Remarks at the Swearing In of Farris Bryant as Director, Office of Emergency Planning.
Governor Bryant, Mrs. Bryant, daughter, Congressman Sikes, ladies and gentlemen:
They tell a story down in Louisiana about the time Hurricane Betsy passed through there and picked up everything that was in its path. One farmer was wiped out. The wind took his house, his barn, his livestock, his car, and a great deal of his topsoil. Finally the farmer looked over at his wife and family and laughingly said, "Well, honey, we have lost everything, but we do still have the mortgage !"
Each year natural disasters hit thousands of American families and American businesses, destroying their property and leaving them with nothing but debts. It is the task of the Director of the Office of Emergency Planning to work with the States and the local communities to help these people back on their feet. This great responsibility alone would, in my opinion, make the Director of the Office of Emergency Planning one of the most important men in the entire Federal Government.
But his responsibilities go far beyond disaster relief.
--He sits with the President as a member of the National Security Council of this Nation.
--He coordinates all the civil defense activities of this country.
--In a national emergency he directs the use of this Nation's manpower, industry, transportation, and communications.
--He is responsible for our stockpiles of critical materials.
--He coordinates the telecommunications activities of the entire Federal Government.
This job calls for a very extraordinary man. He must be the President's ambassador to the Governors. He must enjoy the confidence of the American industrial community. He must be a man with the ability to foresee any eventuality and to plan for every eventuality.
Since I came back from New York today I have thrown four or five things out of my basket and said, "Send that over to Farris Bryant." But most of all he must understand the complexities of this great industrial society that we have in America.
We had such a Director in Buford Ellington.
We are fortunate now to have found a worthy successor--Farris Bryant. As a former Governor, a distinguished lawyer, and an outstanding businessman, Governor Bryant is the ideal man for this most difficult assignment. We looked long and hard for such a man. We are delighted, once we found him, that he could be persuaded to come and accept this post and render this service for his country. He understands the problems of business. He understands the problems of State and local government. And he will be able to work effectively, I believe, with both.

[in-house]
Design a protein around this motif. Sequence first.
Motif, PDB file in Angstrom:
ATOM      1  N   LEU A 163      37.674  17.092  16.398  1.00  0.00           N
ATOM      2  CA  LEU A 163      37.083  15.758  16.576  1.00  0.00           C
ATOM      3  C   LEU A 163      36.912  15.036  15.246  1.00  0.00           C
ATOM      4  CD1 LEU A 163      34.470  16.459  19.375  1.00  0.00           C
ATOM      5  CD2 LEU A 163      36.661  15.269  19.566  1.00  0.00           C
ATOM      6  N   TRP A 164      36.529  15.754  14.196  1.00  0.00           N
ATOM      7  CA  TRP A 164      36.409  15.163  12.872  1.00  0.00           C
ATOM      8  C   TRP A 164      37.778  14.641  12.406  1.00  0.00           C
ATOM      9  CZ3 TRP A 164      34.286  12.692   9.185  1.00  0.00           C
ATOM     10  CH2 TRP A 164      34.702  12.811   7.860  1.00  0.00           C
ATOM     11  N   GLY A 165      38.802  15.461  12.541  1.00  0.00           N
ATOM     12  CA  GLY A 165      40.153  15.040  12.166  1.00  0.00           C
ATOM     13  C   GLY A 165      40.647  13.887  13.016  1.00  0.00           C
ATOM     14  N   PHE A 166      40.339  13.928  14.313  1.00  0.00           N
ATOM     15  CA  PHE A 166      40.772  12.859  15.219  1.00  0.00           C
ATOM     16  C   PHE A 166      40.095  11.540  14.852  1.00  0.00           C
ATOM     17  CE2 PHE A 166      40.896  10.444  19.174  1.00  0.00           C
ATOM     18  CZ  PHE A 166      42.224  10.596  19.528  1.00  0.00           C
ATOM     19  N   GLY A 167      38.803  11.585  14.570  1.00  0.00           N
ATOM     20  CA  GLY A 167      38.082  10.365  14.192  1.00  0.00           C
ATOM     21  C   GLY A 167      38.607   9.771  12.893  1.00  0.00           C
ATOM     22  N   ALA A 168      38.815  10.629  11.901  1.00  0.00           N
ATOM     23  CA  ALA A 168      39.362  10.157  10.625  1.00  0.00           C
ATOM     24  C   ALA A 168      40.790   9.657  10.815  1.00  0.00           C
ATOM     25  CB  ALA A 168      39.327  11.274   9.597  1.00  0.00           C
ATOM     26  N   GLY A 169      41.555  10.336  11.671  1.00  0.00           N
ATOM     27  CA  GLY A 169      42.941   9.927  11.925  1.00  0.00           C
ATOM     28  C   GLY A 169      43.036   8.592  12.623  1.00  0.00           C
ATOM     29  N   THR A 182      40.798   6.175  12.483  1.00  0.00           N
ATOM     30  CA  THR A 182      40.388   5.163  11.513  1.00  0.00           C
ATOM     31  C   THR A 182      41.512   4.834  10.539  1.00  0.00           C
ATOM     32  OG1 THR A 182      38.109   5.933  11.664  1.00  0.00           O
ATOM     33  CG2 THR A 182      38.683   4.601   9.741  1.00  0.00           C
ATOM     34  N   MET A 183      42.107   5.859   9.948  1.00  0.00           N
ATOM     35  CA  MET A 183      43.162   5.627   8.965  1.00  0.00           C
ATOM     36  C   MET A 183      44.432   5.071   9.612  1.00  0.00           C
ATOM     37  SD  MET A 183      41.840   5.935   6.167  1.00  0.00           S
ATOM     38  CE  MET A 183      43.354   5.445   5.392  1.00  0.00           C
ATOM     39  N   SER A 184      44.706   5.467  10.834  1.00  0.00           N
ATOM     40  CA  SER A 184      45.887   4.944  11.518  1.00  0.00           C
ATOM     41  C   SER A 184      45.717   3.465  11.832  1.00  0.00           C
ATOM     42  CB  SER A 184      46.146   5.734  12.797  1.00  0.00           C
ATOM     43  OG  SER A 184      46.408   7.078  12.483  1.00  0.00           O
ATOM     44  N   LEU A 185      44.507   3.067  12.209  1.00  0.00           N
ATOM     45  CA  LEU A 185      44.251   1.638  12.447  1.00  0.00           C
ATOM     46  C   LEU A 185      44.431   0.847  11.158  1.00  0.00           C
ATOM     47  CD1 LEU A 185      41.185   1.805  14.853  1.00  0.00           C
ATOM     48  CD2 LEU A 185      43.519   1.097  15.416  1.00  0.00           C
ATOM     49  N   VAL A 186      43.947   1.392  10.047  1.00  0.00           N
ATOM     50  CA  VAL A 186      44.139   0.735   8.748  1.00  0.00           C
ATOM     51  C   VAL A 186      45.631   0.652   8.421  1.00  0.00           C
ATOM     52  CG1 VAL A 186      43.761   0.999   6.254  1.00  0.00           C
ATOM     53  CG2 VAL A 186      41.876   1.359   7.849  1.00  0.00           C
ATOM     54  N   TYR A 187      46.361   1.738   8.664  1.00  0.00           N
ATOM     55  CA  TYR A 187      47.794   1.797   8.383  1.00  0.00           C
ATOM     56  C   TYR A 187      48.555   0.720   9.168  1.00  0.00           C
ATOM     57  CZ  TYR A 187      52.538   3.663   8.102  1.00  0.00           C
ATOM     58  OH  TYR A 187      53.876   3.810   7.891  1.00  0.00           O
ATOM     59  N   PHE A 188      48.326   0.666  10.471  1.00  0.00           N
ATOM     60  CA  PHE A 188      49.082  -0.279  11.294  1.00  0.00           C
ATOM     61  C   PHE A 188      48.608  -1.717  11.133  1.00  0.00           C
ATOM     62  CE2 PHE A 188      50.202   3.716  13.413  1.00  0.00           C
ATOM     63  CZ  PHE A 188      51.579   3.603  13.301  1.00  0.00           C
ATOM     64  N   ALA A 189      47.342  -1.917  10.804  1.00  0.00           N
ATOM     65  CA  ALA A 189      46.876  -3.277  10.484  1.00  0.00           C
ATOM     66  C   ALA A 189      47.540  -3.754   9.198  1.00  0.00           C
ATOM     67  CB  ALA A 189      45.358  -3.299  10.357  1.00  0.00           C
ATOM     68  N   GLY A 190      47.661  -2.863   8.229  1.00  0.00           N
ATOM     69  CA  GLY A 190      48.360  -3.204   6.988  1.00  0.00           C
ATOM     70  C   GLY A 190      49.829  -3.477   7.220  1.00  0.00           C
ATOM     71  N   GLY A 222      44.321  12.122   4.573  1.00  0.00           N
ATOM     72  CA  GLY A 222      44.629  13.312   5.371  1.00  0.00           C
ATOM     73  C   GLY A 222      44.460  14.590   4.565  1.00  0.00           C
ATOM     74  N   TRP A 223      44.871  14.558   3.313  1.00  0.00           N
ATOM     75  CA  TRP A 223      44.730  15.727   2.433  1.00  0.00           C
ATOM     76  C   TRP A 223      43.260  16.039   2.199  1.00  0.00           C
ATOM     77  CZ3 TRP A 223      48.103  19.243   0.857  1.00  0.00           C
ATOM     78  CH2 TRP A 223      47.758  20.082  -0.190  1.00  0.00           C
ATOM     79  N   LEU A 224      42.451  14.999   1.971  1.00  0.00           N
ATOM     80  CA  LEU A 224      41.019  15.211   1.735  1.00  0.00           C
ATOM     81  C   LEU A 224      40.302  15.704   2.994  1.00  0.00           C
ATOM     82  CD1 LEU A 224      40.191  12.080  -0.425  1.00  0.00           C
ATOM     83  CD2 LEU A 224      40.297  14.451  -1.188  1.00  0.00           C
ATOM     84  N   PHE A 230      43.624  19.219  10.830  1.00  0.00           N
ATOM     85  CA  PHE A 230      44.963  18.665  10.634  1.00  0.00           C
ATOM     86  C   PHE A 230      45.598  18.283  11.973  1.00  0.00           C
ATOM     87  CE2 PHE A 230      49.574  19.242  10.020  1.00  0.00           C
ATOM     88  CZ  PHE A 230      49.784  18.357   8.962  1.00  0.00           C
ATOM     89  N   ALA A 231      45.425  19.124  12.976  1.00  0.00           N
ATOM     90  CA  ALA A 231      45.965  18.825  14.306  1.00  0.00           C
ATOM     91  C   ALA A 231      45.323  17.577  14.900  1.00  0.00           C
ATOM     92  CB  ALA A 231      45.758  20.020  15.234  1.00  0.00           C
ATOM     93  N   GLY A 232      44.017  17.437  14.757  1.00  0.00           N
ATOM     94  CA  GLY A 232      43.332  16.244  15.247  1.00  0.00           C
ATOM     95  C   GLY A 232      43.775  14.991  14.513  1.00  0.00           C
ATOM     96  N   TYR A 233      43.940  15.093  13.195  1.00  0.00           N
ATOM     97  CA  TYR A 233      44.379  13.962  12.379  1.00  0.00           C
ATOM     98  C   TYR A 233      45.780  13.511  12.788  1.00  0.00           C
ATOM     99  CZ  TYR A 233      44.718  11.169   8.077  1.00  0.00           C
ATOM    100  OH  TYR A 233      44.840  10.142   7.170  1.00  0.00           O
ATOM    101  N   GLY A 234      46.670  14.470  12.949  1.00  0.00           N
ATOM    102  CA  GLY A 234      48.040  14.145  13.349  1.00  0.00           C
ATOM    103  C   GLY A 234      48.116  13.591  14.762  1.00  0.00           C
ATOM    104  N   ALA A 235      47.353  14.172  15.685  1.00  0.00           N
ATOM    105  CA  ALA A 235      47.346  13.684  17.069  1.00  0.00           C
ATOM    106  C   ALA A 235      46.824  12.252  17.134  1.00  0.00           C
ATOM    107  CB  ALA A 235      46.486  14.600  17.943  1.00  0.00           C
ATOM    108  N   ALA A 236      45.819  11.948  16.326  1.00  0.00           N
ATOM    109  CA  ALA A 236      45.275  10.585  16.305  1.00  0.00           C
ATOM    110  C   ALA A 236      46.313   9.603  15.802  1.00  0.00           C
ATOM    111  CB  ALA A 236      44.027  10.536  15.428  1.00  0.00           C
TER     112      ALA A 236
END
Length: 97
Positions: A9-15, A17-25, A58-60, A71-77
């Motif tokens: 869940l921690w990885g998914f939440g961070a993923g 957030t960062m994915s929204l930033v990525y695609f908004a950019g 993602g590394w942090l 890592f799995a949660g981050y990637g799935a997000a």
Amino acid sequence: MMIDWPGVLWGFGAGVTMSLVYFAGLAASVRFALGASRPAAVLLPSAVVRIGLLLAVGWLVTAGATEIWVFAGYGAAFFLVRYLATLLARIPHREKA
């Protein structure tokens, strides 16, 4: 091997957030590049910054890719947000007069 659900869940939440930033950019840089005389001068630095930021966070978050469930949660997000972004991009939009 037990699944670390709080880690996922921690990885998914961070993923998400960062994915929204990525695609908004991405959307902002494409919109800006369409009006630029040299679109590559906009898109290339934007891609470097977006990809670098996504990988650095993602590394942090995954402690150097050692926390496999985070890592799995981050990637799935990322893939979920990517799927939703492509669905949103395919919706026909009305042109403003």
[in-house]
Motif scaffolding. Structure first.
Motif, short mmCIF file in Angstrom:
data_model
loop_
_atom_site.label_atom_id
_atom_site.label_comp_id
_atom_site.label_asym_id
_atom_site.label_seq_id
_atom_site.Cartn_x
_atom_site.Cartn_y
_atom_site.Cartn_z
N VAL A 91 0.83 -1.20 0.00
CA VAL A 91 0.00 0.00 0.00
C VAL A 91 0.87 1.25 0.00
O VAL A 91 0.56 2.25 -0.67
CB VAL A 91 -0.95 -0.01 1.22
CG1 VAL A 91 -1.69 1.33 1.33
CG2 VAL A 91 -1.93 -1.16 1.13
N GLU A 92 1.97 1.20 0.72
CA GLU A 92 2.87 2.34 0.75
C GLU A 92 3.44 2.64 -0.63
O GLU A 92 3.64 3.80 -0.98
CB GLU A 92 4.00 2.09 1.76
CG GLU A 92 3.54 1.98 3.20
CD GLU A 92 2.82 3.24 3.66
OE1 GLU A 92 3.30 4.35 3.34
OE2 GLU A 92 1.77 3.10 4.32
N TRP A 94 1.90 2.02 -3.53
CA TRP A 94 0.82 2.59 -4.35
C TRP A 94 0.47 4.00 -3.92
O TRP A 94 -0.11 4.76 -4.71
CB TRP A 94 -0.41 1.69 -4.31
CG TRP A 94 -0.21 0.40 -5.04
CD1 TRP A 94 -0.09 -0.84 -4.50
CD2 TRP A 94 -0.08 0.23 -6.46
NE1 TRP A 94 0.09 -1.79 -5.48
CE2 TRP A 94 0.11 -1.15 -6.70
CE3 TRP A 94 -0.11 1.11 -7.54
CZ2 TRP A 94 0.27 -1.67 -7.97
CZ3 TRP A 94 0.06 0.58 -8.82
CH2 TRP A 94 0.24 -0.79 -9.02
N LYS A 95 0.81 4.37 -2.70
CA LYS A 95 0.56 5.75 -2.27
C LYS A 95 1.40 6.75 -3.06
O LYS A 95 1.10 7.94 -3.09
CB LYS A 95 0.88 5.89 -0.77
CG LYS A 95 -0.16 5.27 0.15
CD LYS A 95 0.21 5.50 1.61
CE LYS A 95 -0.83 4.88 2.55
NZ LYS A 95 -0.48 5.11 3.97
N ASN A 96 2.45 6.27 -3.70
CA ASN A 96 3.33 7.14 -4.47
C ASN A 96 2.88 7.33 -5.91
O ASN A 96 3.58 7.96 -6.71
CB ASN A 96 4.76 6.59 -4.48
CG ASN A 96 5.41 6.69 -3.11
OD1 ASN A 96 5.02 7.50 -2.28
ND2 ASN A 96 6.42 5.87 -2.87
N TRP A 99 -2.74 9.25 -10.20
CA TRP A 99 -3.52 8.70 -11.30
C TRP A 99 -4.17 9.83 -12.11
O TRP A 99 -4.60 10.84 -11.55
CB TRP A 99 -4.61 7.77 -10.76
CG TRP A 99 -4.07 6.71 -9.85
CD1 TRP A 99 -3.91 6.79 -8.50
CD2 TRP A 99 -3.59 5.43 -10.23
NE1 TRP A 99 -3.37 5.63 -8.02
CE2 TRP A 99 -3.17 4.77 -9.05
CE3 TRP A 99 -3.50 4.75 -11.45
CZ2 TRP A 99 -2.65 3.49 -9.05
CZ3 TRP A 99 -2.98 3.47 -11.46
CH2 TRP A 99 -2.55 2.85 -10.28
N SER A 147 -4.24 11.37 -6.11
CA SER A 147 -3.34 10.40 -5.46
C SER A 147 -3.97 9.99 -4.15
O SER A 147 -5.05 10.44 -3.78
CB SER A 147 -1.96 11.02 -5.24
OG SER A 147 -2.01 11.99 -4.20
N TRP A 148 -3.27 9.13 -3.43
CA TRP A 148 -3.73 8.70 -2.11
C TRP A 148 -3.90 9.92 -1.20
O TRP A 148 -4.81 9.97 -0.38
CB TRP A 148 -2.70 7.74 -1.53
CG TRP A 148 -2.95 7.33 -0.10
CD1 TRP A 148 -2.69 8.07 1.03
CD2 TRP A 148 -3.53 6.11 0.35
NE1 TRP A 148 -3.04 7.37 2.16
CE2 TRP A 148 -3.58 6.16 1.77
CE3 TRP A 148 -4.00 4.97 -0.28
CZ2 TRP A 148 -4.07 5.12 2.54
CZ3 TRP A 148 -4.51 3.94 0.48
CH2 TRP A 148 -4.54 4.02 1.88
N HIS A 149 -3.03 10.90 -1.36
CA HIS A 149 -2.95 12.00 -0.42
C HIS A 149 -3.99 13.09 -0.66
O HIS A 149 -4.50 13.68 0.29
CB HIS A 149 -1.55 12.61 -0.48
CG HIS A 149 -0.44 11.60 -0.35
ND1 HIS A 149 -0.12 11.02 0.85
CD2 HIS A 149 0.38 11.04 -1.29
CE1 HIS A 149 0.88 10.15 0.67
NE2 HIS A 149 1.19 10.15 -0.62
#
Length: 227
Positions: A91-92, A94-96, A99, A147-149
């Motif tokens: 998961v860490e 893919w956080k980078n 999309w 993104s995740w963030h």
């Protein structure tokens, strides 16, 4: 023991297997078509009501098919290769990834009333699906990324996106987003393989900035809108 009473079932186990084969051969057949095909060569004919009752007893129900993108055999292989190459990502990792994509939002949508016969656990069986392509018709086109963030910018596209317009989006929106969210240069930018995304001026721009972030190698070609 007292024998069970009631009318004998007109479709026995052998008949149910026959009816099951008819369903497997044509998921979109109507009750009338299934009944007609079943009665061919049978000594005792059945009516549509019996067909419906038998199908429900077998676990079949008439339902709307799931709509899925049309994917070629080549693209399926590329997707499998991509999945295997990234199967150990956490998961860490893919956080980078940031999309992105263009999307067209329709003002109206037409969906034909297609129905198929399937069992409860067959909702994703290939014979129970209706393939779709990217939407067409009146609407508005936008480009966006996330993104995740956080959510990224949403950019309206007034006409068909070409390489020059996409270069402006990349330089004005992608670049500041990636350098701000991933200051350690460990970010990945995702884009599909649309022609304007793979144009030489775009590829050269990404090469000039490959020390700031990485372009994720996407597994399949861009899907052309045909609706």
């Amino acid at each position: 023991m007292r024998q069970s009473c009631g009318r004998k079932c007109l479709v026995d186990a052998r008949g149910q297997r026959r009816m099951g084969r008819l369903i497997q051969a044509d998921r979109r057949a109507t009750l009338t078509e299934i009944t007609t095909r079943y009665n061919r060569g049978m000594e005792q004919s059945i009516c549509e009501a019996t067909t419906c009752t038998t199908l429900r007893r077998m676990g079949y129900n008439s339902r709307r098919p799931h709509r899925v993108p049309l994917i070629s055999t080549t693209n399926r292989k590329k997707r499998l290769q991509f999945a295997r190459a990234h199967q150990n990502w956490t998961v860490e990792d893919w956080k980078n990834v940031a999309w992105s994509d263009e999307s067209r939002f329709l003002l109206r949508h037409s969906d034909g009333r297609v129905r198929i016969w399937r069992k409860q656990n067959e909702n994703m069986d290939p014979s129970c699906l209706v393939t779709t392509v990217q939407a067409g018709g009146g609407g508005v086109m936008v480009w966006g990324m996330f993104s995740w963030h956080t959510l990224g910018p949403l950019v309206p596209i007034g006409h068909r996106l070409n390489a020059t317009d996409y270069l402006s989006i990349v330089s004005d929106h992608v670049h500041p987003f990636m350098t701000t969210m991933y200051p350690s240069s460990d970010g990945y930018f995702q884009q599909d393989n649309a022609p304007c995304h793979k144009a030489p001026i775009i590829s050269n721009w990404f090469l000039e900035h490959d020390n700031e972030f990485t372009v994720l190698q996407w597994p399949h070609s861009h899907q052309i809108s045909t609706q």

Governor Bryant comes to Washington not to dictate, but to cooperate; not to force, but to assist. He will represent what I believe to be the very best of our system of creative federalism.
Our entire National Government is made up of men like Farris Bryant. They represent every State and they speak for every community in America.
They didn't come to Washington to be rulers. They came here to be servants and hopefully to be doers. Each of them believes in our system of local governments. Each believes in our great free enterprise system.
I just left a meeting in the Fish Room where we presented the "E" awards to the outstanding firms in this Nation who have established an all-time record in exports shipped to foreign countries.
Each believes, of course, in the dignity and rights of every American citizen.
Together they are working for a better, richer, freer, and a stronger country.
Farris Bryant has come to Washington-at great personal sacrifice--to help us try to achieve those goals. As my ambassador to all 50 Governors he will serve as a vital link of communication between the States and the Federal Government. He will help us achieve a new era of respect and understanding so that we can work together for the Great Society in America.
Thank you very much.
Note: The President spoke at 6:10 p.m. in the Cabinet Room at the White House. In his opening words he referred to Farris Bryant, former Governor of Florida, his wife and daughter, and Representative Robert L. F. Sikes of Florida.
Lyndon B. Johnson, Remarks at the Swearing In of Farris Bryant as Director, Office of Emergency Planning. Online by Gerhard Peters and John T. Woolley, The American Presidency Project https://www.presidency.ucsb.edu/node/239532